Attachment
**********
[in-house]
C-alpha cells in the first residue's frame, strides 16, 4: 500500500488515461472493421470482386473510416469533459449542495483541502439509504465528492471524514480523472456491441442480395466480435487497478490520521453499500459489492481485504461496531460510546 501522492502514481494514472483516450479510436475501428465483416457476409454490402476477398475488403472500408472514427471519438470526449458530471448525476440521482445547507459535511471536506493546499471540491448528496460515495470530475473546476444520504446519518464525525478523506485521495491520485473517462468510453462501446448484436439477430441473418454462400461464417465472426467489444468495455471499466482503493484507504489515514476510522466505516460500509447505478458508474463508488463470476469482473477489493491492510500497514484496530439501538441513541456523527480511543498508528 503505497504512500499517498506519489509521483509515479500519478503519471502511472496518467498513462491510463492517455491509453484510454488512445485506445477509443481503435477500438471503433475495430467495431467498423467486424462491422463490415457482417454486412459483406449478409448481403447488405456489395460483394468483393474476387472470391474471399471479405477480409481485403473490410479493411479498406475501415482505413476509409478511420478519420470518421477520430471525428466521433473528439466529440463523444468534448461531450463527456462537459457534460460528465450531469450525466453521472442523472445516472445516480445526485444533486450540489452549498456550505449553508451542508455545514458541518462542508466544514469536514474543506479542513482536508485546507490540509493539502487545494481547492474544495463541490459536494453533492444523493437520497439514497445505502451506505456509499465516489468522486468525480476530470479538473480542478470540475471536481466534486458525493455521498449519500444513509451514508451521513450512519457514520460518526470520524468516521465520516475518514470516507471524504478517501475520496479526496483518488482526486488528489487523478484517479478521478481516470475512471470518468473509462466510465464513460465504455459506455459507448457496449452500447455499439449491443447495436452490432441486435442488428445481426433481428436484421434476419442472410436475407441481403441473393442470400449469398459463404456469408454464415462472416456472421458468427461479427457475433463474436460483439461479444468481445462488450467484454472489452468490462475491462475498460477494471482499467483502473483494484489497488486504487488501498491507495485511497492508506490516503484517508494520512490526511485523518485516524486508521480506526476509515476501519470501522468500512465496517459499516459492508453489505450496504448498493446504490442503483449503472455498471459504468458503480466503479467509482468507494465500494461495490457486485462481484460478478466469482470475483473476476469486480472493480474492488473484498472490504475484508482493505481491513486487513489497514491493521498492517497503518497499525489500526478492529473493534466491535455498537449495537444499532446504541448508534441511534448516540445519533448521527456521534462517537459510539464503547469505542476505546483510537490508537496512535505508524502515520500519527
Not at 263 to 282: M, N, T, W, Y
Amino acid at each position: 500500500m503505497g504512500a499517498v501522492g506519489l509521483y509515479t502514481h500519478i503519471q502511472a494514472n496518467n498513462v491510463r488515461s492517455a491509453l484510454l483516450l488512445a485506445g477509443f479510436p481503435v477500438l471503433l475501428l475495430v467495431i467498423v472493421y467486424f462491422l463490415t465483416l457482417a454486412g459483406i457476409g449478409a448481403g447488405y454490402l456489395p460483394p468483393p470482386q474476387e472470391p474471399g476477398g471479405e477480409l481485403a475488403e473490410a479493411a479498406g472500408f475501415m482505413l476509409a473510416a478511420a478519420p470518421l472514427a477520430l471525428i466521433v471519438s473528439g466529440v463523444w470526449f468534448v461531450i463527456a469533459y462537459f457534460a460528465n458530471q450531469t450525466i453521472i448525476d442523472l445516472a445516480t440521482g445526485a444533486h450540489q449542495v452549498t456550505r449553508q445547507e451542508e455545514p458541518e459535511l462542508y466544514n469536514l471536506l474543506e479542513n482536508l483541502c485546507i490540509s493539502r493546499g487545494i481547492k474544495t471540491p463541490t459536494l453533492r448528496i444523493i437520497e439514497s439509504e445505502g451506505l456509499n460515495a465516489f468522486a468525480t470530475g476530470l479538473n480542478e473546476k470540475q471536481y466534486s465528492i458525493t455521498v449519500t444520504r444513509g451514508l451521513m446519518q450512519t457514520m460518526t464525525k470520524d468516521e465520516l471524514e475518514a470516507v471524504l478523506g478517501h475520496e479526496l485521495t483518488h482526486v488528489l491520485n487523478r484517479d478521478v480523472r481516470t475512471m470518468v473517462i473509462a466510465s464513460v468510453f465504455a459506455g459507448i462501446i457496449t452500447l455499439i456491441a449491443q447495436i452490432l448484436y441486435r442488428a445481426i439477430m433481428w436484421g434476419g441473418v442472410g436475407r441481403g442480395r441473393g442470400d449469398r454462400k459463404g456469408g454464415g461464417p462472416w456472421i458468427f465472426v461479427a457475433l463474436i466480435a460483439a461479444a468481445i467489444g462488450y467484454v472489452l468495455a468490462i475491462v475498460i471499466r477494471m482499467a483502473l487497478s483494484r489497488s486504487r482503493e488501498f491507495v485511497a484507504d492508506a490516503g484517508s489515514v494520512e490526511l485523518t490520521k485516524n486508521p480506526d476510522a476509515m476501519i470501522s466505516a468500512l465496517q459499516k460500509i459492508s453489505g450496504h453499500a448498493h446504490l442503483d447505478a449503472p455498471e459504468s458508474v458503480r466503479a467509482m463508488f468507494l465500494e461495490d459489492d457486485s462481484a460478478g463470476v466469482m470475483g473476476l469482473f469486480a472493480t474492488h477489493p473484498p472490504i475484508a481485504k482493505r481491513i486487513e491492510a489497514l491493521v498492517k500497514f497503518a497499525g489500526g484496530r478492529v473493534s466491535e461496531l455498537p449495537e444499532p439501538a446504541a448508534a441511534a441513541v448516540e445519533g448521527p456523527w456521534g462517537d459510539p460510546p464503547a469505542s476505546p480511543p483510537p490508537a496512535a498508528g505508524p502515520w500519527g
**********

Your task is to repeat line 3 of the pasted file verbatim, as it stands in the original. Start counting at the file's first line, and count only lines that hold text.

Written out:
Not at 263 to 282: M, N, T, W, Y